Warner declares state of emergency

Published 12:00 am Monday, September 12, 2005

Staff report

Governor Mark R. Warner declared a State of Emergency Monday, directing state agencies to take all reasonable actions necessary to protect the health and safety of Virginians, and directing the public to prepare for the potentially damaging effects of Tropical Storm Ophelia.

&uot;No one needs to be told that hurricanes and tropical storms can cause significant damage,&uot; Warner said. &uot;Our state and local emergency management professionals have been hard at work for two weeks now, coordinating our response to the significant needs of the residents of the Gulf Coast states hit by Hurricane Katrina.

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&uot;But it is very important that Virginia residents and businesses, especially those in Hampton Roads, make sure they are fully prepared for Ophelia – including the possibility of heavy rain, high winds, tornadoes and the potential loss of power.&uot;

Virginia is already under a State of Emergency to help provide a response to Hurricane Katrina. This declaration also allows state agencies to take actions specific to Ophelia.

The exact forecast track is uncertain, but the latest information from the National Weather Service indicates Ophelia is expected to move across the Outer Banks of North Carolina and then to the east of southeastern Virginia on Wednesday night and into Thursday morning.

Forecasters say tropical storm force winds of 40-50 miles per hour can be expected across southeastern Virginia for a six-to-ten hour period. Rainfall amounts of 1-3 inches can be expected, mainly in an area east of Interstate 95, according to the latest information from the National Weather Service.

&uot;Residents and businesses need to be prepared to be without power for at least three to five days,&uot; said Michael Cline, state coordinator for the Virginia Department of Emergency Management. &uot;Those who are elderly or medically fragile need to take special precautions. If they are reliant on power then they should make plans to relocate with friends or family outside of the projected impact area if possible. Also, they should ensure that they have an extra supply of prescription medicine.&uot;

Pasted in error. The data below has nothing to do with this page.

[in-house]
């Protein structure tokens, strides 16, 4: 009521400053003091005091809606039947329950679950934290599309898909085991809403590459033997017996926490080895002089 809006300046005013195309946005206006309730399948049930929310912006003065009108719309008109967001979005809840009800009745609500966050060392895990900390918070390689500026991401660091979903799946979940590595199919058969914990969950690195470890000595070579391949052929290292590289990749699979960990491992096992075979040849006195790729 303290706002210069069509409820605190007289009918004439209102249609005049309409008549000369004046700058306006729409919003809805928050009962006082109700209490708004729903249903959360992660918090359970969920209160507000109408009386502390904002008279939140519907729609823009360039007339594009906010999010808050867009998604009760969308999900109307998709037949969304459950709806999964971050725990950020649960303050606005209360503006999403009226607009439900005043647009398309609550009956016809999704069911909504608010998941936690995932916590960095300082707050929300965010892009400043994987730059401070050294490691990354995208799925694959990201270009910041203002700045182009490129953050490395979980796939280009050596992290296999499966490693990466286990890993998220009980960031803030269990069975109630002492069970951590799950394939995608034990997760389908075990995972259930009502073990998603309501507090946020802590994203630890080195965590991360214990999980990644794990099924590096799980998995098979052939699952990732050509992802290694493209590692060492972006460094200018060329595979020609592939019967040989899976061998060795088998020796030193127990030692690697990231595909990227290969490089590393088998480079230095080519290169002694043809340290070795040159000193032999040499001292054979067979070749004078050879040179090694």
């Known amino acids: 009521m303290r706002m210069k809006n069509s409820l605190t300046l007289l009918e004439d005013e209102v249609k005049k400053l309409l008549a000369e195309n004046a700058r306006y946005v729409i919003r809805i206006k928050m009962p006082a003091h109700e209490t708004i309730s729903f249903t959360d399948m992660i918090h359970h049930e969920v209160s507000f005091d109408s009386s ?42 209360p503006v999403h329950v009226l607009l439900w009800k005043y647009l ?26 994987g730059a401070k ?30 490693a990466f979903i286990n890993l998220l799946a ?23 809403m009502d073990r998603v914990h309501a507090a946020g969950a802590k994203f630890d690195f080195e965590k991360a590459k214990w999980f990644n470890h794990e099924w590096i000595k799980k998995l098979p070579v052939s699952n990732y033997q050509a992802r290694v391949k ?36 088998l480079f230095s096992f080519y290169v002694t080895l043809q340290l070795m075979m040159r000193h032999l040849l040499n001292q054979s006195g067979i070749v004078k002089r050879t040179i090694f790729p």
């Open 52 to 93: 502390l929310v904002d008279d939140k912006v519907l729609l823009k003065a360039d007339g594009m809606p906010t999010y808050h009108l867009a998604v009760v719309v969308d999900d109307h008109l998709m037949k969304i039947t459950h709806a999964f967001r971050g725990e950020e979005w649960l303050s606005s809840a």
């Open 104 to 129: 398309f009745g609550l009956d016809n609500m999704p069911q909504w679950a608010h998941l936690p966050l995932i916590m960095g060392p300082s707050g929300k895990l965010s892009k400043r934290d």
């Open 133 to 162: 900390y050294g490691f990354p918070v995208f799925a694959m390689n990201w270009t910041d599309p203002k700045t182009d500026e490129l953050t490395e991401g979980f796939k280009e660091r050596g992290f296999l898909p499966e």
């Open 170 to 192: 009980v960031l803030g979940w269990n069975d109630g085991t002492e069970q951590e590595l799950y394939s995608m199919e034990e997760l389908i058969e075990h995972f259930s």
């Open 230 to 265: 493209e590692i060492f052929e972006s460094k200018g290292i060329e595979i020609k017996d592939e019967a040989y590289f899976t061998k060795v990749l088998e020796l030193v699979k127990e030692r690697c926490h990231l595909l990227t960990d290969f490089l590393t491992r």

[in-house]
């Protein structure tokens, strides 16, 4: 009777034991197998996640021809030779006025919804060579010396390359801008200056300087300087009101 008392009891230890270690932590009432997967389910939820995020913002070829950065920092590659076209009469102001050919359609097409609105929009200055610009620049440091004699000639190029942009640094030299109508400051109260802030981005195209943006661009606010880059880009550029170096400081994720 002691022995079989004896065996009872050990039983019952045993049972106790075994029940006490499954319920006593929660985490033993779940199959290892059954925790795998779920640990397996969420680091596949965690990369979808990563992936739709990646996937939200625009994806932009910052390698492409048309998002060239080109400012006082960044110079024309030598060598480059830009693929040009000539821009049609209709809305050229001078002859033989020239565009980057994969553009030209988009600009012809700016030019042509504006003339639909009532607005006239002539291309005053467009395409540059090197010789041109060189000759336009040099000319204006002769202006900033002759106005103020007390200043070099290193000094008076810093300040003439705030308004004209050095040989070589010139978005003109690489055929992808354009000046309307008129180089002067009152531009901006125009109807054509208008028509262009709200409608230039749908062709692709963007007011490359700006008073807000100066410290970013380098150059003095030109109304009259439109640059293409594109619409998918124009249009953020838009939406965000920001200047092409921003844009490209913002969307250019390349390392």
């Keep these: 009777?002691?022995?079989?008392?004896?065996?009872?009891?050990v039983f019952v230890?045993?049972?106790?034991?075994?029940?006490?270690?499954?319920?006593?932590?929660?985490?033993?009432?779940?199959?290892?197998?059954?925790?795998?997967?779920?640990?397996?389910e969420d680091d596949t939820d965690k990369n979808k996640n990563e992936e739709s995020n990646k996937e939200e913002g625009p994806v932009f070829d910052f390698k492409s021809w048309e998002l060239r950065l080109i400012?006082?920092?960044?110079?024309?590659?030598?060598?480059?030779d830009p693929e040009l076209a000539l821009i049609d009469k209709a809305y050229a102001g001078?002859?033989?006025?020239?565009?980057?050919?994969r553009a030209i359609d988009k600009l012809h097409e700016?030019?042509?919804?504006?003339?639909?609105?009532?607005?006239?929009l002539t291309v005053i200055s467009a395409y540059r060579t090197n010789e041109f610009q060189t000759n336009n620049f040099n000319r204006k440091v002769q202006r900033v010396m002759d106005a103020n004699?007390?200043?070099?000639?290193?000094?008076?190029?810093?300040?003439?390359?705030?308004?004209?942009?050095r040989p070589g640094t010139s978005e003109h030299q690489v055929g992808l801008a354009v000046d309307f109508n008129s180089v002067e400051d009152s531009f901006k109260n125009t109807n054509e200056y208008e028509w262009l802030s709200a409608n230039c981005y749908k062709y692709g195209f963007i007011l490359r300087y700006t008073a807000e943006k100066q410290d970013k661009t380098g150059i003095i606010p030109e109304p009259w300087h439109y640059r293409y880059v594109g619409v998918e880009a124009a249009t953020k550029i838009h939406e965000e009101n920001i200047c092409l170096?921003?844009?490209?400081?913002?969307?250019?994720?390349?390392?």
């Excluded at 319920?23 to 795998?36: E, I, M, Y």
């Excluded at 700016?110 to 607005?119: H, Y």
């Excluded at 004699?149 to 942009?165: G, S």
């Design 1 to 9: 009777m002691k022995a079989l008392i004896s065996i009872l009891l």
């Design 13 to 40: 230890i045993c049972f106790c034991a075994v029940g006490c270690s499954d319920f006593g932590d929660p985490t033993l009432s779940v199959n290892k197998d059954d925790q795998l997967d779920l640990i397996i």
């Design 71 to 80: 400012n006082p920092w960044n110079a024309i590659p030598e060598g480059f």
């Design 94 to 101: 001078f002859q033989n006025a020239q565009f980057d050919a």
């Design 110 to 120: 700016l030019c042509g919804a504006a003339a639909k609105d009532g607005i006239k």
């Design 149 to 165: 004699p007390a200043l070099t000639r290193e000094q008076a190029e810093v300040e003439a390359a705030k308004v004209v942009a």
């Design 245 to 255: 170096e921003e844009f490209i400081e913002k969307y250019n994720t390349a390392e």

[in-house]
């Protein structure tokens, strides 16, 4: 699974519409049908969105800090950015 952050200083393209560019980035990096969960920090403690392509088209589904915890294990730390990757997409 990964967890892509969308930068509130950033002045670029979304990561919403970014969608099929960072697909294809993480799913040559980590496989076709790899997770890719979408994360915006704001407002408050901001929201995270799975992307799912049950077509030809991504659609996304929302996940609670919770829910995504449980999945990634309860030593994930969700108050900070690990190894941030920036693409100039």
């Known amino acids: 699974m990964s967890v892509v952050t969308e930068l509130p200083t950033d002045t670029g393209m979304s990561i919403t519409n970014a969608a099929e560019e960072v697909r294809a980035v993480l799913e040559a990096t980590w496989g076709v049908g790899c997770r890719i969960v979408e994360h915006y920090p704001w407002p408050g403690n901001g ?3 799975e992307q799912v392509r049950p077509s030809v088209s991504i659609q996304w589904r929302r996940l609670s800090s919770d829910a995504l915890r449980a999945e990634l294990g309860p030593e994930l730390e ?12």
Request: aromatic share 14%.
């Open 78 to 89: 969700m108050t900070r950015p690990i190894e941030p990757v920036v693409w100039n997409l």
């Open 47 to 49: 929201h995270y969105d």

Four key steps to personal emergency preparedness are listening for emergency information, making a disaster plan, having a disaster supplies kit, and preparing thehome.

Paying attention to television, radio, newspaper, and Web site information about Ophelia will allow tracking of the progress of the storm and getting vital information.

Having a radio and extra batteries is important so

information can be received even when power is out.

Making a disaster plan for the family or business will ensure everyone knows when to evacuate during an emergency and where to go when they do evacuate.

It also ensures that everyone has vital contact information for family, friends, and co-workers during an emergency.

Disabled, elderly, or medically fragile individuals may wish to consider staying with family or friends outside of the projected impact area to ensure their safety.

When making a disaster supplies kit, food, water, and medicines that will last everyone in the home at least three days should be included.

Particular thought should be given to the dietary and prescription medicine needs of disabled, elderly, or medically frail individuals.

Having these supplies on hand can be critical if one is without utilities for a long period of time.

Protect the home from wind damage.

Trim back dead or weak tree branches and secure garbage cans, lawn furniture or anything that could become airborne and cause damage.

Information about personal and business preparedness is available on the Web at vaemergency.com.

Information is also available by calling the Virginia Public Inquiry Center between 8 a.m. and 5 p.m. at 866-880-4266.